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The magic carpet ride that was the Bears' 2001 season ended in tatters Saturday.
It closed with a 33-19 loss to the visiting Philadelphia Eagles that was capped ignominiously by Eagles quarterback Donovan McNabb scoring on a 5-yard run and dunking the ball over the crossbar of the south goal post on a field where the Chicago-area native had one day hoped to play.
The outcome sent the Eagles into the NFC championship game next Sunday against the winner of the Green Bay-St. Louis game. And it took the Bears out of the playoffs and into an off-season of questions:
Will Dick Jauron's contract be extended beyond the 2002 season? How will the Bears deal with a schedule of 16 road games, owing to all home games moving to the University of Illinois in Champaign while Soldier Field is destroyed and rebuilt?
How many of the free agents from a playoff team will the Bears want to and be able to retain, and what will losses do to the chemistry of a team that had more of it than at any time in the last decade?
"The thing we earned this year was respect," defensive end Phillip Daniels said. "There was a lot of love inside this team. We had people doubting us and saying we couldn't do things, and we stayed together. That's the one thing I'm proudest of with this team. I take my hat off to everybody."
And finally, what effect will a somewhat startling performance have on a young team short on playoff experience?
Indeed, some aspects of this defeat were more surprising than some of the improbable finishes that marked the Bears' 13-3 regular season. With just 73 passing yards, the Bears were outgained (336-184) for the 12th time in 17 games, so that wasn't unusual. They scored a defensive touchdown, a 39-yard interception return by cornerback Jerry Azumah, the sixth touchdown return of the season, so that wasn't unusual either.
But the physical Bears were beaten and beaten up, which was very unusual. They lost quarterback Jim Miller to a separated shoulder in the second quarter after he threw an interception and was taken down by defensive end Hugh Douglas. Safety Mike Brown left with a concussion, as did receiver Dez White, and No. 1 receiver Marty Booker separated his shoulder.
"They flat-out beat us," linebacker Rosevelt Colvin said. "They stuck it to us bad. There's no excuses. They just kicked us in the butt."
Still, a team that has been prepared mentally all season and was 4-0 after a week off under coach Dick Jauron was not as ready to play as its opponent in the biggest game of the season.
"They came out after us," linebacker Warrick Holdman said. "We pride ourselves on being physical and taking it to teams, and they're the same. They jumped on us in the first half. They were ready to go and we were like, `Well, we're just off an off week, but we'll get you.'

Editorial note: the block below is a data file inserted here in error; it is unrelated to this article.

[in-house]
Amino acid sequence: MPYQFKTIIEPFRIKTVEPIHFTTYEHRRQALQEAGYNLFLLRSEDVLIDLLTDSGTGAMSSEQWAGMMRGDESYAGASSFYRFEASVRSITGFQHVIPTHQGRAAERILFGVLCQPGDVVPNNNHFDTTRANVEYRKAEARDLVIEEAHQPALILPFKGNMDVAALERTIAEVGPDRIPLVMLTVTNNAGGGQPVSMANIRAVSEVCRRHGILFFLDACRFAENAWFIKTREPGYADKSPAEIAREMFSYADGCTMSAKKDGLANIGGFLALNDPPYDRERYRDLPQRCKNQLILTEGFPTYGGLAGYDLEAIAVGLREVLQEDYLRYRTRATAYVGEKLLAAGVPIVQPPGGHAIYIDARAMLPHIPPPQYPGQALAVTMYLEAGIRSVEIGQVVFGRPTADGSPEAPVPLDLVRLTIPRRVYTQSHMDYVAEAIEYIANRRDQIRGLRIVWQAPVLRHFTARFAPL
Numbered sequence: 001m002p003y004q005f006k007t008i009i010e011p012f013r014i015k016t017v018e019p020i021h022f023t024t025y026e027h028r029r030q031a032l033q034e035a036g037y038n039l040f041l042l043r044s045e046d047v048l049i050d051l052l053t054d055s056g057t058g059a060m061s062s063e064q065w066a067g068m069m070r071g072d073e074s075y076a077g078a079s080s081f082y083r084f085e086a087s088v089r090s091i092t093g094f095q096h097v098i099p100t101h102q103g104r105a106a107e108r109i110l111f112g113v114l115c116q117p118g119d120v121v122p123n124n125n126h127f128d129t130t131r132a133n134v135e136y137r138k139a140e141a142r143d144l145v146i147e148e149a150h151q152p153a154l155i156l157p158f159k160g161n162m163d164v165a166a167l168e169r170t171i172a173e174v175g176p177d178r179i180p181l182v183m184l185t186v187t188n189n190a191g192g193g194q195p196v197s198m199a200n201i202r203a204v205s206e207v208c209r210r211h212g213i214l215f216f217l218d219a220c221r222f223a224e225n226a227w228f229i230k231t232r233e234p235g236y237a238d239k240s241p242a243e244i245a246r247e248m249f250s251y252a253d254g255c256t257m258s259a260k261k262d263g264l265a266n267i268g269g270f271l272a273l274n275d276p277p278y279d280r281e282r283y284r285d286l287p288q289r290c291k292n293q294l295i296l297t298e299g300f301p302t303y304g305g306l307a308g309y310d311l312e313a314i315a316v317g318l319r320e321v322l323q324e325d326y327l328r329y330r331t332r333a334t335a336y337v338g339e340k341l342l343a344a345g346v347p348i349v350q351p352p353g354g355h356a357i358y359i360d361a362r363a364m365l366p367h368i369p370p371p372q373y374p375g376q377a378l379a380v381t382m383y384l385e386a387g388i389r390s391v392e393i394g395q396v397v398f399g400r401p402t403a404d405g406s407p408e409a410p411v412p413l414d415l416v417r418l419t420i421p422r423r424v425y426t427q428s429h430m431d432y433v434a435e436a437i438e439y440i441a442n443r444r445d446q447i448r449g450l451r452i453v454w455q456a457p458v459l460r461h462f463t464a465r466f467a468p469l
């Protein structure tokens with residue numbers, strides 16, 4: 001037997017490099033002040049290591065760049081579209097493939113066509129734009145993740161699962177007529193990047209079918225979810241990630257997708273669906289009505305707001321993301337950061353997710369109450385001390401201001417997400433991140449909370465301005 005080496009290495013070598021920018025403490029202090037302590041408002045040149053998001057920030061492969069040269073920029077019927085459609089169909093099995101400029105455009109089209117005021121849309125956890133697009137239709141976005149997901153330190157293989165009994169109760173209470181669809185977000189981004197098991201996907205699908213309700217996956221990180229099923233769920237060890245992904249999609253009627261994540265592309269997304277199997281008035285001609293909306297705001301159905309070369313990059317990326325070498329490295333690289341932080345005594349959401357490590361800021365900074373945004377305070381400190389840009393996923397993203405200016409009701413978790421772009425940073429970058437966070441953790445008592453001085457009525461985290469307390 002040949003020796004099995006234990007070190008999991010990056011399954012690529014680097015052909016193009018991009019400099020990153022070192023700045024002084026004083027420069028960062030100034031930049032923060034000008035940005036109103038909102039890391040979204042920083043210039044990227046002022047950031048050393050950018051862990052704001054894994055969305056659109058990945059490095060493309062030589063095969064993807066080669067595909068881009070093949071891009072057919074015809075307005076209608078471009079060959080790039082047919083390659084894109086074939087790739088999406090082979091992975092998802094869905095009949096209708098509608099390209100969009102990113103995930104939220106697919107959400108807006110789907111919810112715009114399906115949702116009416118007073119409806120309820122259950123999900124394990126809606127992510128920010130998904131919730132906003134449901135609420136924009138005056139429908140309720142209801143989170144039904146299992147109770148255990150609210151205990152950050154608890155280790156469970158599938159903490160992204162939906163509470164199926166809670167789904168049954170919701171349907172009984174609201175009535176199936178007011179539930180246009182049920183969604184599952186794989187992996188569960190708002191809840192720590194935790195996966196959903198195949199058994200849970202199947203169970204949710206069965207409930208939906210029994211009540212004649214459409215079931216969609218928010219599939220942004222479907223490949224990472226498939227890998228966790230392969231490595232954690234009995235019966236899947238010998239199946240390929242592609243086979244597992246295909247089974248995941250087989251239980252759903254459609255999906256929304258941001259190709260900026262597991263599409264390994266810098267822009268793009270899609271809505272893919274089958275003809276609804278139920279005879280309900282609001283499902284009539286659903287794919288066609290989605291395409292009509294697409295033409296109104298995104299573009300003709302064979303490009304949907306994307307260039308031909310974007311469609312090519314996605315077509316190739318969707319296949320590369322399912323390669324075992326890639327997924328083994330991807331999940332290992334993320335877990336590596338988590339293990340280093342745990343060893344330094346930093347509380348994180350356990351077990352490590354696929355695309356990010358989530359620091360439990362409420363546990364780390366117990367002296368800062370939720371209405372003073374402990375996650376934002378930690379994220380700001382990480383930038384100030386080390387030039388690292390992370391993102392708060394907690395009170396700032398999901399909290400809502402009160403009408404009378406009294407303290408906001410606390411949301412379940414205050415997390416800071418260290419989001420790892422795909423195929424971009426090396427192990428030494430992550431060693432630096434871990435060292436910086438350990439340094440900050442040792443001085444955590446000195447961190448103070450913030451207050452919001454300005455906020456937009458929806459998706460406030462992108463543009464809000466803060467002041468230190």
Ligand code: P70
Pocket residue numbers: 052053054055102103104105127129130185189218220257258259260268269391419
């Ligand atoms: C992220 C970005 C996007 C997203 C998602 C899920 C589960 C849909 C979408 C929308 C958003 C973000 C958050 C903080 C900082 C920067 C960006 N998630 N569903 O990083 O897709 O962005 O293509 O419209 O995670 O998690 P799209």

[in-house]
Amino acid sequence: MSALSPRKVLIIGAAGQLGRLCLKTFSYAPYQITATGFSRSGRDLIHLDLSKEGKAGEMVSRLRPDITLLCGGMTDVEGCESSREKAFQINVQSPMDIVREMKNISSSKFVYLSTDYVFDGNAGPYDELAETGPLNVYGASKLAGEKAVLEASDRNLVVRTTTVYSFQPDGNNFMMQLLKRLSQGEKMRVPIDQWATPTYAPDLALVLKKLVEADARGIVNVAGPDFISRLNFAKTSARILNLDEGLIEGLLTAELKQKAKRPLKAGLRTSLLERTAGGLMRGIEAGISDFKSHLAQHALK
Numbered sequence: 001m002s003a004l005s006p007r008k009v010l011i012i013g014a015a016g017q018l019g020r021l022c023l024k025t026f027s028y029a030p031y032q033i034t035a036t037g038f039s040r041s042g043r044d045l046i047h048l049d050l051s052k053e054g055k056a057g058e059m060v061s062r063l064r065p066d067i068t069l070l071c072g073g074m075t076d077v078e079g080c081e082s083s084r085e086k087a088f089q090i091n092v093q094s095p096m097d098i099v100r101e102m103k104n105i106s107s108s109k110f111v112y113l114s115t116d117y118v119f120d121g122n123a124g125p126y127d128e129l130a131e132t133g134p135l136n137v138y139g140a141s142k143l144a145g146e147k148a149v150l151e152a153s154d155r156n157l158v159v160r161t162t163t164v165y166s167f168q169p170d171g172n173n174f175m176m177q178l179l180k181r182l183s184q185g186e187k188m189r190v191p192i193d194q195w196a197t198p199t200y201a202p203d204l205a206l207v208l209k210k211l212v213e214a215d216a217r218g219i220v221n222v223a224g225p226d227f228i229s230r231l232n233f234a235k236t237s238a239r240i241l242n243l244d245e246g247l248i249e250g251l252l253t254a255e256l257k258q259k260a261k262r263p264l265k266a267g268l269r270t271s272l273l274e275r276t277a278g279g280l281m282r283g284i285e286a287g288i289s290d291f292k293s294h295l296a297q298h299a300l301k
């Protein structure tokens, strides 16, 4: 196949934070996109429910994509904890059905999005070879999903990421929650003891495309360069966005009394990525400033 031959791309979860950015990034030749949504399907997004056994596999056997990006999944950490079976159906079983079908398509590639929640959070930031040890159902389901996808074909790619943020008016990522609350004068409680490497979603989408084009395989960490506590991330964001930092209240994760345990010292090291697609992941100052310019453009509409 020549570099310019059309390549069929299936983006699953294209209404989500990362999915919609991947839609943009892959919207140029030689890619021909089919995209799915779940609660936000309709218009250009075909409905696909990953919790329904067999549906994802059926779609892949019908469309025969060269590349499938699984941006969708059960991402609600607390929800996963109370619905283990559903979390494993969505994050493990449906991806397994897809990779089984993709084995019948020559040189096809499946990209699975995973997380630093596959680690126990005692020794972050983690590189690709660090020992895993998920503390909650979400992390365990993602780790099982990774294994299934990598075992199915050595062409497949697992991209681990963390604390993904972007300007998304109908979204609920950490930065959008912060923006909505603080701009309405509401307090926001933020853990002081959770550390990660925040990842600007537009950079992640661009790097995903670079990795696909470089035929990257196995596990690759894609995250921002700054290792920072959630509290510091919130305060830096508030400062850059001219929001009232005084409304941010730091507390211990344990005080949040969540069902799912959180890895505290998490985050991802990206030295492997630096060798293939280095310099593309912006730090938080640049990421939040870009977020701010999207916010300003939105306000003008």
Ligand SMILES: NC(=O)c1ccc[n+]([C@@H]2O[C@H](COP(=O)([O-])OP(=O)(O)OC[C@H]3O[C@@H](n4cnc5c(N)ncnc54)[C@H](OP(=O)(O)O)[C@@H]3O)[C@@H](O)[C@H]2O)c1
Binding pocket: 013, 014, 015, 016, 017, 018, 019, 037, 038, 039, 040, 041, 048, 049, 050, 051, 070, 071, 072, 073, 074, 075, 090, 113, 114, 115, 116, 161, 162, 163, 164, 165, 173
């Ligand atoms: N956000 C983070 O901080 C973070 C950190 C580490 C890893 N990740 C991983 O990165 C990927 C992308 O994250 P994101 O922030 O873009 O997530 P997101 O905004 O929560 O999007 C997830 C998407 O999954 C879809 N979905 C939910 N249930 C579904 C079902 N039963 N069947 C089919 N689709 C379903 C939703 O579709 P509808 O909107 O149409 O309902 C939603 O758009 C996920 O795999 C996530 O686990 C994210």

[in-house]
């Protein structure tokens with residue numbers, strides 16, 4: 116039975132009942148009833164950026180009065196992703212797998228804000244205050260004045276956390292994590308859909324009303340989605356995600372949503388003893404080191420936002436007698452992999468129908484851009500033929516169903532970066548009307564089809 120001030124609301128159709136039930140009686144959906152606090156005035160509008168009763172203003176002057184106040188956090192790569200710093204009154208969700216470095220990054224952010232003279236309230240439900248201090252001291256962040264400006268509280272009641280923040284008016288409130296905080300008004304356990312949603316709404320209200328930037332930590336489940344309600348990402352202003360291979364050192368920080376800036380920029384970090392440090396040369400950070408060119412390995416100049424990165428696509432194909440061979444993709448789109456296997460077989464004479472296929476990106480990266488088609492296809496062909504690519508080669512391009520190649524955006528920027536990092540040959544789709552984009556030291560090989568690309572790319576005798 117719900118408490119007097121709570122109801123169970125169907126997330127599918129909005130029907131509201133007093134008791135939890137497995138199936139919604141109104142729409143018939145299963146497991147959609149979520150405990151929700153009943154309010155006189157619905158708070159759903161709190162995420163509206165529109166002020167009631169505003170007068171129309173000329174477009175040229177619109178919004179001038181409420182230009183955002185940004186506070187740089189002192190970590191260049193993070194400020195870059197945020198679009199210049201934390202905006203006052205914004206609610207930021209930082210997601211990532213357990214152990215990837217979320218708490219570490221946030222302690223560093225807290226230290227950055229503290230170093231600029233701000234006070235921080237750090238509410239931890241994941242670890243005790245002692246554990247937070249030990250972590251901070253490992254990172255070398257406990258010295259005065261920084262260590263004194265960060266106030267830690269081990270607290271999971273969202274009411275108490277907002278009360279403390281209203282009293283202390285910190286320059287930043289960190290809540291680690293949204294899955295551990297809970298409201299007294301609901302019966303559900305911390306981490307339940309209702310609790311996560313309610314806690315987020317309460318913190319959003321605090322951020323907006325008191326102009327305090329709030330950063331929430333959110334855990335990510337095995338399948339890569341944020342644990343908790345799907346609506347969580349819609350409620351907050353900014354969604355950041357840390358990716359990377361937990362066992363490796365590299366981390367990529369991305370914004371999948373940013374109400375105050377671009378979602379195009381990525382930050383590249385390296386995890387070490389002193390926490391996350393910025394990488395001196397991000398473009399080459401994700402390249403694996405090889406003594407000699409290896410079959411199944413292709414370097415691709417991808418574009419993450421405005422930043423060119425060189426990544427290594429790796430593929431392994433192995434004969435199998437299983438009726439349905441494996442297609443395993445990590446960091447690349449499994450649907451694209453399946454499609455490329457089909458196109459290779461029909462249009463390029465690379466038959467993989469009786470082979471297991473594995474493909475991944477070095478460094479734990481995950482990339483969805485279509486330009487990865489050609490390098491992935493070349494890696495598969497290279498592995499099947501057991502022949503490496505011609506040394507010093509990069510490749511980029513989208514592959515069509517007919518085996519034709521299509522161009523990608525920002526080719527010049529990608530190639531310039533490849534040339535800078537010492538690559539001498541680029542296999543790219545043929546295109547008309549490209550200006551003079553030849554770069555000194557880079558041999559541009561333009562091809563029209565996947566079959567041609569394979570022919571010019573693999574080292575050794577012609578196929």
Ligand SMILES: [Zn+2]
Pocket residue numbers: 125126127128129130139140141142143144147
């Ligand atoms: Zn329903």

"We've been kind of doing that all year. We'd have a bad half. We knew we couldn't do that, but we did. You've got to be ready to go in the playoffs and we didn't."
The Bears were uncharacteristically pushed around almost from the opening kickoff. The Eagles started from their 22-yard line and drove 61 yards for a field goal, only the second score on an opening drive by a Bears opponent this season. Ominously, the Eagles took 12 plays and nearly six minutes to do it.
It was a sign of things to come. The Eagles drove 63 yards on nine plays on their next possession for a second field goal, and they would engineer two more 11-play drives on the Bears, eventually controlling the ball 36 minutes.
The Bears made their big plays: the Azumah touchdown interception in the third quarter, and a 47-yard run on an end-around by former St. Rita and Wisconsin star Ahmad Merritt in the second. But they missed too many for a playoff game, failing to contain Philadelphia quarterback Donovan McNabb consistently and suffering two critical breakdowns on defense.
With 14 seconds to go in the half, McNabb eluded several Bears rushers and found fullback Cecil Martin all alone in the left corner of the end zone. The touchdown put the Eagles ahead 13-7 at halftime, ending a half in which the Eagles outgained the Bears 230-88.
The Bears regained the lead when cornerback R.W. McQuarters stepped in front of a McNabb pass intended for James Thrash. Azumah gathered in the carom and scored untouched down the left sideline for a 14-13 lead.
The Bears may have taken the lead, but they could not sustain any momentum.
They went three-and-out on their next possession, giving the Eagles the ball at their 36-yard line after a 15-yard punt by Brad Maynard.
Azumah sacked McNabb, but McNabb again evaded the pressure and threw to tight end Jeff Thomason for 30 yards to the Chicago 10. Two plays later, running back Duce Staley split wide right, catching the Bears in a coverage mixup and catching a 6-yard pass from McNabb to put the Eagles ahead for good at 20-14.
Afterward, the Bears' 13 wins and epic turnaround from five wins the year before were no consolation.
"We all expected to go all the way," guard Rex Tucker said. "Now it's not happening and that's disappointing. We can say we won the division and all that, try to hide behind those facts, make it sound good, sugar it up a little bit. But it's not where we wanted to be."